Posts Tagged ‘fried’

The World’s Best Fried Chicken

December 29, 2007


1. You must brine the chicken pieces ahead of time.

2. There is no substitute for buttermilk; don’t even think about it.

3. No, you cannot use any other kind of pan but a cast-iron skillet. No.

4. Temperature – you’ll have to do a few test pieces to determine the right setting on your stove for the pan you’re using. On my stove, it’s just under medium with a 12-inch iron skillet. You’re aiming for a temperature that’s lower than what you’d normally use for grease-free deep fat frying, but not so low the chicken gets soggy. But, it has to be low enough that the outside doesn’t burn while the inside stays raw.


– about 6 thighs and drumsticks, brined

– 2 and 1/2 cups flour

– scant tablespoon salt

– two teaspoons garlic powder

– slightly less onion powder

– a couple vigorous shakes of HOT paprika, or cayenne pepper

– 1 teaspoon crushed thyme

– Lots of fresh-ground black pepper

– 1/2 teaspoon MSG. Yep, that’s right, MSG, sold as Accent. No, it’s not toxic, and no, you’re not allergic to it (big food myth). Leave it out if you’re paranoid.

– Enough Crisco to have about a half-inch of hot oil in the skillet


Mix your dry ingredients and put them in a wide, shallow bowl. Pour buttermilk into another bowl, replenishing as needed. Take chicken and dunk it in the buttermilk, shaking off excess. Mash (yes, mash) chicken into flour mixture all over, coating everything. You can be really decadent and give it another dunk in the buttermilk and another flour mashing (mmm, mmm). Set chicken aside on plate.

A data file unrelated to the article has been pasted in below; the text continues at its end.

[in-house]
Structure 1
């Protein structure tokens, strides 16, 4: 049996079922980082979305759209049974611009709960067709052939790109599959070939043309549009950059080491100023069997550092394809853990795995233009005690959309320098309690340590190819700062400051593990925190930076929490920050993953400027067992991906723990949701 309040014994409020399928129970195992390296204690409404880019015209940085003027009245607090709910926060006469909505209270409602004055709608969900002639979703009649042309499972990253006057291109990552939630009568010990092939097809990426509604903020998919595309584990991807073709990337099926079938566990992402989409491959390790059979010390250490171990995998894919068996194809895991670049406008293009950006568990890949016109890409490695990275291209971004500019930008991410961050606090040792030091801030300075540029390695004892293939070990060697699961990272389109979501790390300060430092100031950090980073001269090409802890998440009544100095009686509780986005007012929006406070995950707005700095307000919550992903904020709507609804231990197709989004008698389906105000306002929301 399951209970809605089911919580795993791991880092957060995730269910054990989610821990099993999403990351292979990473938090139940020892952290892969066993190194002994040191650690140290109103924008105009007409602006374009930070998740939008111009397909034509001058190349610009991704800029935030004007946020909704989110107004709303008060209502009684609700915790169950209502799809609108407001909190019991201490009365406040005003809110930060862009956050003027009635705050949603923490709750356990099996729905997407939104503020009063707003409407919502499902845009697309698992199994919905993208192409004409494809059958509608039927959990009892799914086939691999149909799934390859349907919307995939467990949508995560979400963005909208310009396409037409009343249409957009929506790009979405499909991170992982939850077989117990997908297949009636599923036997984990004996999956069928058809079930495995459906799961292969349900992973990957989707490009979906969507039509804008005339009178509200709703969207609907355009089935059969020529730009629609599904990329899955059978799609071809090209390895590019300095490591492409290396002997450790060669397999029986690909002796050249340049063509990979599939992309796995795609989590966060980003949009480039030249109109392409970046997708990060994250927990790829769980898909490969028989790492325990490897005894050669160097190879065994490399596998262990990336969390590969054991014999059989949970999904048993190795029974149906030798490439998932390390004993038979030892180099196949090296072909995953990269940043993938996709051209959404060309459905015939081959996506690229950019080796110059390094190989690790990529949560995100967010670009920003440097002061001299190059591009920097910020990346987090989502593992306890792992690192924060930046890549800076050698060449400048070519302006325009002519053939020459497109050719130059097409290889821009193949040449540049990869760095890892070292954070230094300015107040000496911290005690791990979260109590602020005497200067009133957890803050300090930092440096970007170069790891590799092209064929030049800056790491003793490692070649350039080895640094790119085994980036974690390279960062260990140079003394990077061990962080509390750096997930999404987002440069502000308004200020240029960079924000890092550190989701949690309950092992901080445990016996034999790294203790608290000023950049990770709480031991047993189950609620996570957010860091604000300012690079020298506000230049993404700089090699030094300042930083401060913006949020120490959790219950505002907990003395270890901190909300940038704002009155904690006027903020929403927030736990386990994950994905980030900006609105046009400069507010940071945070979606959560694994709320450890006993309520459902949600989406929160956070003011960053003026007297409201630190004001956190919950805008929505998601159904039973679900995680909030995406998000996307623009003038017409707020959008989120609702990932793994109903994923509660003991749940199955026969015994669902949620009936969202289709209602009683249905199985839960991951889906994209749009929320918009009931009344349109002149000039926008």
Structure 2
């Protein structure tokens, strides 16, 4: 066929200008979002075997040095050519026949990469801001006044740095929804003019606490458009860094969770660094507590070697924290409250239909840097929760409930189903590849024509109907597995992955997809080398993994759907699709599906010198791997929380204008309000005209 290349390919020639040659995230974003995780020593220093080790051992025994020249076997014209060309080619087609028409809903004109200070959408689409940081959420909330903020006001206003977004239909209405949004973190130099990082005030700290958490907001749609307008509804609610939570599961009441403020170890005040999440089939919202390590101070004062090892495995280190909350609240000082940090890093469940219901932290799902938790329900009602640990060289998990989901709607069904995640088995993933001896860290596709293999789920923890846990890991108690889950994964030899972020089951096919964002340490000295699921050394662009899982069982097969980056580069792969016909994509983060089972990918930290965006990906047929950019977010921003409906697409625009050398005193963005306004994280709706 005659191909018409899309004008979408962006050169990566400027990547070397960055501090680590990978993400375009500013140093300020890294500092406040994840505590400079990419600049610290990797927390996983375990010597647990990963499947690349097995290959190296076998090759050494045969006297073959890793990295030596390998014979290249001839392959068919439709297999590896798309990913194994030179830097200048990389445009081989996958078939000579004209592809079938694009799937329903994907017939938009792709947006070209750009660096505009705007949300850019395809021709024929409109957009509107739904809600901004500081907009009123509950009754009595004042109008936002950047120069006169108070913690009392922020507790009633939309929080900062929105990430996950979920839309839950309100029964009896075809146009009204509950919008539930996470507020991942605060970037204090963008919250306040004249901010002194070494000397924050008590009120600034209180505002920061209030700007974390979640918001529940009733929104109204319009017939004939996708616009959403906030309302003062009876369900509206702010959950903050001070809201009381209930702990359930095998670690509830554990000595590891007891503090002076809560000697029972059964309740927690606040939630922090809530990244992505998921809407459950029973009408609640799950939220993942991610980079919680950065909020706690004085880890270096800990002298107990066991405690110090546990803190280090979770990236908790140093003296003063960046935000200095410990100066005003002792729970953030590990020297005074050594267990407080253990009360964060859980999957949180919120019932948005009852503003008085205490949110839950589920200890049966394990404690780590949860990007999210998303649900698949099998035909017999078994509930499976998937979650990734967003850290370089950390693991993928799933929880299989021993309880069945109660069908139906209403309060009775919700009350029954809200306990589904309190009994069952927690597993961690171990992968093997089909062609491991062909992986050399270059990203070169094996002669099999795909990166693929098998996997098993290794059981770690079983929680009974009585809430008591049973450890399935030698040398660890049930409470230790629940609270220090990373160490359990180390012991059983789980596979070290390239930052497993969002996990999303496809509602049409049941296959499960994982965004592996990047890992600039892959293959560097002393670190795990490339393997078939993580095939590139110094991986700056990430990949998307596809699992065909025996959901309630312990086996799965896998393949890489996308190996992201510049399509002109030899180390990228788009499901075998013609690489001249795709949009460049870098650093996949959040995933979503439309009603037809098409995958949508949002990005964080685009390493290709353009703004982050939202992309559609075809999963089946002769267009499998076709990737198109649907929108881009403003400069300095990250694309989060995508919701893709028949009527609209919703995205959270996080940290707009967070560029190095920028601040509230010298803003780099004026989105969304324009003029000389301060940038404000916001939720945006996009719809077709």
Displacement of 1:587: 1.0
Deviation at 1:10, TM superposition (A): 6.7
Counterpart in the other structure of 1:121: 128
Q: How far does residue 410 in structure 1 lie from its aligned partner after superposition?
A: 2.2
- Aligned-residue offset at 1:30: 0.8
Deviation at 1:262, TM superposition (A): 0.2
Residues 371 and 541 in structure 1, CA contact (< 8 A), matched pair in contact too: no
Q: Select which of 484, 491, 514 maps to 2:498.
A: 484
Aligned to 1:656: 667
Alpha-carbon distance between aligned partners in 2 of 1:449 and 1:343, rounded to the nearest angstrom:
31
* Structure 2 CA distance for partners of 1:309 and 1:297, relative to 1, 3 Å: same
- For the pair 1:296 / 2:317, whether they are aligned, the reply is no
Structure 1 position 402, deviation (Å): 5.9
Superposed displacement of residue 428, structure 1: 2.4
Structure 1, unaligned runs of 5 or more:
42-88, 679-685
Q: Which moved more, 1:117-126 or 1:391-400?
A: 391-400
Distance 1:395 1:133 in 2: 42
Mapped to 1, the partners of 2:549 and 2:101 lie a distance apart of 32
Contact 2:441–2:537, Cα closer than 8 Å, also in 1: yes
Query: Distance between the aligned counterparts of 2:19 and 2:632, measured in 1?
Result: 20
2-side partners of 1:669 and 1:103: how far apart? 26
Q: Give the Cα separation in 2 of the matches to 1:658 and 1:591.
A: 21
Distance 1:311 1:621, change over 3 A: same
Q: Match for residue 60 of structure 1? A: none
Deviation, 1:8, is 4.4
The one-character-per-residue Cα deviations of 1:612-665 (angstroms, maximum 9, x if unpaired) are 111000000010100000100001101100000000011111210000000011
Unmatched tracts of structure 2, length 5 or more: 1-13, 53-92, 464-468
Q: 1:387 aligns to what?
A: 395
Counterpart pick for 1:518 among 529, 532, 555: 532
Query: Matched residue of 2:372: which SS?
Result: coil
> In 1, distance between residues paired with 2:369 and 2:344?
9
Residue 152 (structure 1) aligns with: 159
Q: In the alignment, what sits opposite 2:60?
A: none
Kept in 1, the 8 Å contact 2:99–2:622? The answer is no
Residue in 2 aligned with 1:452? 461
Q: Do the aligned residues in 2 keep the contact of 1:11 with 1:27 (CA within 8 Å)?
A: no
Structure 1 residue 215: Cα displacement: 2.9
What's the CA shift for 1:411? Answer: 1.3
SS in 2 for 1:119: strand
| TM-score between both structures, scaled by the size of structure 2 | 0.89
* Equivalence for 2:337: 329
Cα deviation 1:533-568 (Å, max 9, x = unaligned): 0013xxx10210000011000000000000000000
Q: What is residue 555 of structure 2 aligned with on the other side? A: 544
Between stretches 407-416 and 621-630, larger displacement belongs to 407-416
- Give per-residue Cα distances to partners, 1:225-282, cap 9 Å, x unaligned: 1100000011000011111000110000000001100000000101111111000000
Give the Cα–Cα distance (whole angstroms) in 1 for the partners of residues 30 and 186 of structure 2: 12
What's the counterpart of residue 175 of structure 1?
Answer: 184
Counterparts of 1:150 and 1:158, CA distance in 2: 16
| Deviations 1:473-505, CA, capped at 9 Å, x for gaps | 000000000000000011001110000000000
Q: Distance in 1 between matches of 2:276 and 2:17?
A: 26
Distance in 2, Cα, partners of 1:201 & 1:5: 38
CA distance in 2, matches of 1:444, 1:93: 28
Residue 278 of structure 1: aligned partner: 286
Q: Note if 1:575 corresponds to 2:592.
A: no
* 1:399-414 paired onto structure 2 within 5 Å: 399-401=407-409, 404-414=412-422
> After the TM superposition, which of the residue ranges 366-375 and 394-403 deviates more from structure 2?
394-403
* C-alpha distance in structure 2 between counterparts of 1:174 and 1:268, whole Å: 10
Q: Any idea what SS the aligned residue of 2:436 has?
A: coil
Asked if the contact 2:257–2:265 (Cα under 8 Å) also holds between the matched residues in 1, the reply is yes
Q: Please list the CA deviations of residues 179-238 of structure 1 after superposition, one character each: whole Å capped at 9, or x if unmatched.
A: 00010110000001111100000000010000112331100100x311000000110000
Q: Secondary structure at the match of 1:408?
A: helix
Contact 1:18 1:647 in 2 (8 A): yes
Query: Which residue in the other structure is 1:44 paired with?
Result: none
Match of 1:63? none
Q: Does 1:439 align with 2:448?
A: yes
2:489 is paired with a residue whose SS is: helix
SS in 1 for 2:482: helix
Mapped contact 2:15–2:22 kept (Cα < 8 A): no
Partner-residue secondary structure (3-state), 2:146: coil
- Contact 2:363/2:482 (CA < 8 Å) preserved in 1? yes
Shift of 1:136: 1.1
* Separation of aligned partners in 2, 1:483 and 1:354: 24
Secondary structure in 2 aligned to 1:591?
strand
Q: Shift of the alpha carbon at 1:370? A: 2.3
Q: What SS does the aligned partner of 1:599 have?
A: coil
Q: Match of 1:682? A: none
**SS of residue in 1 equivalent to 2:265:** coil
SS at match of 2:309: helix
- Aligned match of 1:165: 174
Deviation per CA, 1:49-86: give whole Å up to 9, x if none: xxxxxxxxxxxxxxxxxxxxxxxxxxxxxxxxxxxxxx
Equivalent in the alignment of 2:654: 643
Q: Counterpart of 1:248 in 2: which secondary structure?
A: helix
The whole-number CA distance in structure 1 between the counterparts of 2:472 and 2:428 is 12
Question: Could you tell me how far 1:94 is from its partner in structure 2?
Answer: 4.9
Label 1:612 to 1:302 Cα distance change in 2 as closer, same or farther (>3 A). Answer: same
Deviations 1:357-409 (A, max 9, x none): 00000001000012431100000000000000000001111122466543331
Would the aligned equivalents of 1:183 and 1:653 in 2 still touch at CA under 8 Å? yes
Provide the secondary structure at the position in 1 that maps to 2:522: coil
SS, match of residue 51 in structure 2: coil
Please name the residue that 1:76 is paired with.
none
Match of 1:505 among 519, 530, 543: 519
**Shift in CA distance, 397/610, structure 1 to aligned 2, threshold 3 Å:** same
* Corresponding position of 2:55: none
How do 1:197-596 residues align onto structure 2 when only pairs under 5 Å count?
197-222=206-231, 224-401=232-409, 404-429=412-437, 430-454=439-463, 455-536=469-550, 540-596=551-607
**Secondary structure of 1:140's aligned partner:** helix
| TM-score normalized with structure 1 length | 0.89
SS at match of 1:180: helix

IMPORTANT – Let the chicken rest for at least 20 minutes after coating. This lets the coating set up and stick to the chicken so it doesn’t peel off during cooking.

Fry chicken two – three pieces at a time. Cover and fry for about 20 minutes, then turn, recovering the skillet and cook for another 15 minutes or so. Remove the cover and cook for another 5 minutes, turning the chicken again to recrisp the outside and evaporate the water that’s gotten into the crust from the covered skillet. This method is the best, and is well-described in the Better Homes and Gardens New Cookbook.

Drain the chicken on paper towels, and keep warm on an uncovered plate in the oven until all the pieces are done.

Best served with other heart-attack-inducing dishes, such as creamy mashed potatoes with cream gravy. I like to accompany it in the traditional Southern way, with greens stewed with ham hocks, and lard biscuits. This is a not a meal for health sissies.

Cream gravy:

Reserve about two tablespoons of the Crisco, scooping up the little browned bits that fell off the chicken. Add three tablespoons of flour and make a roux. In a separate pan, boil a chicken bullion cube in a minimal amount of water, just until dissolved. Set bullion aside.

Slowly add about 1 and 1/2 cups whole milk to the roux, stirring constantly to prevent lumps. Add bullion, and let thicken, stirring constantly. If you need a little more thickener, whisk flour into cold milk and add. Be sure to add a generous amount of fresh black pepper.